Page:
The Inter-agency Plan for Conduct Disorder/Severe Antisocial Behaviour 2007 – 2012 sets out a six-year approach to improve government’s response to the management and treatment of children and young people with conduct disorder/severe antisocial behaviour so that affected children and families can look forward to a brighter future.
All children and young people need support and guidance from their families, their teachers and other key figures in their lives to develop into socially and emotionally competent adults.
Government provides or funds a range of universal services to support ‘pro-social’ development, including ante-natal and infant healthcare services, childcare and early childhood education, and primary and secondary schooling. A small percentage of children and young people have behavioural difficulties that require more intensive and specialist support than can be provided by parents or teachers alone. This Plan will improve the specialist support to those children and young people.
The Plan has been jointly developed by the Ministries of Social Development, Health and Education with support from the Ministry of Justice. It includes a framework for expanding and re-designing some existing specialist behavioural services, as well as measures to support better co-ordinated services and evidence-based decision-making in the longer term.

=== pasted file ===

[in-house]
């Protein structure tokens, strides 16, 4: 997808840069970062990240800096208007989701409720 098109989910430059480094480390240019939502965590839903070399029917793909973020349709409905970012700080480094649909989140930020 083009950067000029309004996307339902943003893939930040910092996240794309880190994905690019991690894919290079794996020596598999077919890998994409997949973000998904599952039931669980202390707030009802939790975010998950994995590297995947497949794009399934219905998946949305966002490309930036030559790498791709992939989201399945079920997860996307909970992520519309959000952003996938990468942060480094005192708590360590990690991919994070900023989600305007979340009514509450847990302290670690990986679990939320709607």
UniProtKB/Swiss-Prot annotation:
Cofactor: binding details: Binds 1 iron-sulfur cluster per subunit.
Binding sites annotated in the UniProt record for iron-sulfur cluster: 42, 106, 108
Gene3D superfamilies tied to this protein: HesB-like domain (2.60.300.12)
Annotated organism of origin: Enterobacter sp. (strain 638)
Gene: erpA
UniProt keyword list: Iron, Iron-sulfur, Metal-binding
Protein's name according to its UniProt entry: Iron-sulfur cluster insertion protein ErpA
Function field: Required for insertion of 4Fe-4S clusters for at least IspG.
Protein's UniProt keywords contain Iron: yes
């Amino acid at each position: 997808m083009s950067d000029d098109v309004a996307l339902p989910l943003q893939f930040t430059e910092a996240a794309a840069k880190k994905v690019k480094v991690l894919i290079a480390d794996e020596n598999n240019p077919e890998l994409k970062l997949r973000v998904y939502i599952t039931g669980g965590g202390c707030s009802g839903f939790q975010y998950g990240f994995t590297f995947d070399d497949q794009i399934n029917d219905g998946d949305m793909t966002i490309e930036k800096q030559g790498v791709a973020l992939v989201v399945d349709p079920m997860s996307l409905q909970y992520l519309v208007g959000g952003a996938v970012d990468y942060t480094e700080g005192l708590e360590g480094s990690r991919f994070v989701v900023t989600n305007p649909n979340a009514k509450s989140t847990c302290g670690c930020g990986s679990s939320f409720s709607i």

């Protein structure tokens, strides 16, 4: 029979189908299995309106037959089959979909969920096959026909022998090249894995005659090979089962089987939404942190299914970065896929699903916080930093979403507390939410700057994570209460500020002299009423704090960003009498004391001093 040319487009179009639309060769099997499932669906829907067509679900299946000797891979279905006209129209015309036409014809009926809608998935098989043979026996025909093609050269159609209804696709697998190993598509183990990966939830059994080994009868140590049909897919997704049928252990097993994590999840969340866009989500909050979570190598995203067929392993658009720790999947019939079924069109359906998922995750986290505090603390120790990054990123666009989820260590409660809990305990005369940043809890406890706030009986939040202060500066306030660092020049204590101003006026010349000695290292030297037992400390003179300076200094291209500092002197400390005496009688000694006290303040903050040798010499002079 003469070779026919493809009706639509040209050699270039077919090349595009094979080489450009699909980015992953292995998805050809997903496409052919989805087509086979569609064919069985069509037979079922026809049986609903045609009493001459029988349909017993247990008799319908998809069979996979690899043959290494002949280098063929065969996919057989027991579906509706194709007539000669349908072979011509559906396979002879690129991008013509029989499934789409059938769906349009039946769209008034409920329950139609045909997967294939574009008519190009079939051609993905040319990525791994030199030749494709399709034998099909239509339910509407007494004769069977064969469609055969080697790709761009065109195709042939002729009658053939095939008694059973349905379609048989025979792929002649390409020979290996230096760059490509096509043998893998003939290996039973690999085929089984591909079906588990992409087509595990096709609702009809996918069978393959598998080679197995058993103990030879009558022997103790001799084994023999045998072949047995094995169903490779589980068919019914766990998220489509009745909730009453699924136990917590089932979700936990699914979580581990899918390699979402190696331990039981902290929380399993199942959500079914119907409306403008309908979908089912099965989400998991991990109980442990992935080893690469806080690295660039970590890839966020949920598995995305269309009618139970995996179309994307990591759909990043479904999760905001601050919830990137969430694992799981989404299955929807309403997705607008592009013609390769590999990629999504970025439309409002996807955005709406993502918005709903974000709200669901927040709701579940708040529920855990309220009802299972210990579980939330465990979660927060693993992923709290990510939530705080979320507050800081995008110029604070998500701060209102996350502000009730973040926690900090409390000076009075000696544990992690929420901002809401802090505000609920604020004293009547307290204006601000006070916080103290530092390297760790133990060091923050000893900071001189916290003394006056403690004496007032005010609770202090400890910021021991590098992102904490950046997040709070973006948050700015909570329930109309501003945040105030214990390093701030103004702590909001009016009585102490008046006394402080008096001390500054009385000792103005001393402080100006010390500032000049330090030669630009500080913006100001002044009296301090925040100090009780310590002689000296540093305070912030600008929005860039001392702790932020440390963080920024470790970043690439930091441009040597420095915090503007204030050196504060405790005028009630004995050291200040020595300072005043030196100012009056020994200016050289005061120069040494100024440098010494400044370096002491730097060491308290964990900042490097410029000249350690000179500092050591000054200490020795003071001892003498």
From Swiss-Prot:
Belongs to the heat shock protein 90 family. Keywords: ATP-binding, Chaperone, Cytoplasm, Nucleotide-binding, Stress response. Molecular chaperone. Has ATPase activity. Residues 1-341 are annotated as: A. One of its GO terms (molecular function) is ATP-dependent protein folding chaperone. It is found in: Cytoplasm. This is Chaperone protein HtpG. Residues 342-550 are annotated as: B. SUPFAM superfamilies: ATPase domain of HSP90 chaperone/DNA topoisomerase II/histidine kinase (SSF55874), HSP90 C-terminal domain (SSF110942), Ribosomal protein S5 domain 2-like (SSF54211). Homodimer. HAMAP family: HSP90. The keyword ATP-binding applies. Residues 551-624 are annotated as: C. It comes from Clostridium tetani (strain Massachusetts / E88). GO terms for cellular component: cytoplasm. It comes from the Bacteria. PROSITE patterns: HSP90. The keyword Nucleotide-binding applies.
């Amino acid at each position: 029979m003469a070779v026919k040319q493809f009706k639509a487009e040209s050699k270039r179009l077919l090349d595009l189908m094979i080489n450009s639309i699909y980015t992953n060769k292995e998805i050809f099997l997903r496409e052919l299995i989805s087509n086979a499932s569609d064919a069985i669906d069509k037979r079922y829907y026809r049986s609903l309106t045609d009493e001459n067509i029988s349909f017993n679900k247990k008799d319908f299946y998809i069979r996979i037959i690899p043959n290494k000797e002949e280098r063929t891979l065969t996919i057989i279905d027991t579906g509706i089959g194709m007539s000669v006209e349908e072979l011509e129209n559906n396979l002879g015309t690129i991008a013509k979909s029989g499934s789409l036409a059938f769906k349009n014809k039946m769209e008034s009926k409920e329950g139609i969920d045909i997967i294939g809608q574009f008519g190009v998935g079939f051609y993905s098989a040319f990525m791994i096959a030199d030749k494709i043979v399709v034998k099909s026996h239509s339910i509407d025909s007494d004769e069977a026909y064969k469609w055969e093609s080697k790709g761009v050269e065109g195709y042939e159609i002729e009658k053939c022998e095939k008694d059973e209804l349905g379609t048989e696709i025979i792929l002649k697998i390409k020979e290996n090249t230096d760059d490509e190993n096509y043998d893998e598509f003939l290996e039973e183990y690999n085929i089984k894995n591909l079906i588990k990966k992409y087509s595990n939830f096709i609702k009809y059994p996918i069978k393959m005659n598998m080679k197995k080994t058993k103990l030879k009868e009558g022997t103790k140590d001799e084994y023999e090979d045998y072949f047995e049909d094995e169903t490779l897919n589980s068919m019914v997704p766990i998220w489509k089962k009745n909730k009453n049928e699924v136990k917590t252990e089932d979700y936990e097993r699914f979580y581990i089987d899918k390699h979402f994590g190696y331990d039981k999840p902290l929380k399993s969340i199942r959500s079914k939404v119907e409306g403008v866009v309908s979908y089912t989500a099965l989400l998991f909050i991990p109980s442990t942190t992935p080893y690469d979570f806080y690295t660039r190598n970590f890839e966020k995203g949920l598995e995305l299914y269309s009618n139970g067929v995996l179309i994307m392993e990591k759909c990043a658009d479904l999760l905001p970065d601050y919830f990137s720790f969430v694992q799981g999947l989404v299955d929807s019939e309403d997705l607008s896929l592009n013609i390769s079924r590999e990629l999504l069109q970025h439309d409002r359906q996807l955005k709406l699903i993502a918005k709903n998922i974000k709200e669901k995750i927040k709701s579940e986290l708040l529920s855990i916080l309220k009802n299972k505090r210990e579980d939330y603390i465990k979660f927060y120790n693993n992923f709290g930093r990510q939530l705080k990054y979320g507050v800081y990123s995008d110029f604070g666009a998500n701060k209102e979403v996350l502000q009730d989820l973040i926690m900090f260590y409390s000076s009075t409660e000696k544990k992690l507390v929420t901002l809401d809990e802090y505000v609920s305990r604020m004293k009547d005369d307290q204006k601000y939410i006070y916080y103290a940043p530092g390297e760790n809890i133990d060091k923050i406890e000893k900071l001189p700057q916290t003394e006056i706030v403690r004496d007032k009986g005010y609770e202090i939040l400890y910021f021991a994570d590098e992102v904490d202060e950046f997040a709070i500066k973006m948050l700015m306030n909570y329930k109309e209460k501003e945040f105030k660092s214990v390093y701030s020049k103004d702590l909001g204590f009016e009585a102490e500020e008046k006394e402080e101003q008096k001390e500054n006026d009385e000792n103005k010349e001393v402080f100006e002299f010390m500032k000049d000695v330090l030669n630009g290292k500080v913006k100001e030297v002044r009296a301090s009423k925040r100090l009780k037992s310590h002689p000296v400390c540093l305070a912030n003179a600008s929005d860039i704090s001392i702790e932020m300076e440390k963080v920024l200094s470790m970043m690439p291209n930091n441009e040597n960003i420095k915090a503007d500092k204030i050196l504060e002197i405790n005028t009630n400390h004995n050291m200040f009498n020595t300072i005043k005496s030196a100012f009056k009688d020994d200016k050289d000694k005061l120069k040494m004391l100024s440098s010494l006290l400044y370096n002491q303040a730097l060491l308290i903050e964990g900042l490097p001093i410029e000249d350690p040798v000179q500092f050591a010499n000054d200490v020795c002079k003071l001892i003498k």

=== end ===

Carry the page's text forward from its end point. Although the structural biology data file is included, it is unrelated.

Conduct problems are the single most important predictor of later chronic antisocial behaviour problems including academic underachievement, early school leaving, teenage parenthood, delinquency, unemployment and substance abuse. The pathway for many affected young people typically leads on to youth offending, family violence and, ultimately, through to serious adult crime. The Inter-agency Plan aims to counter this trend.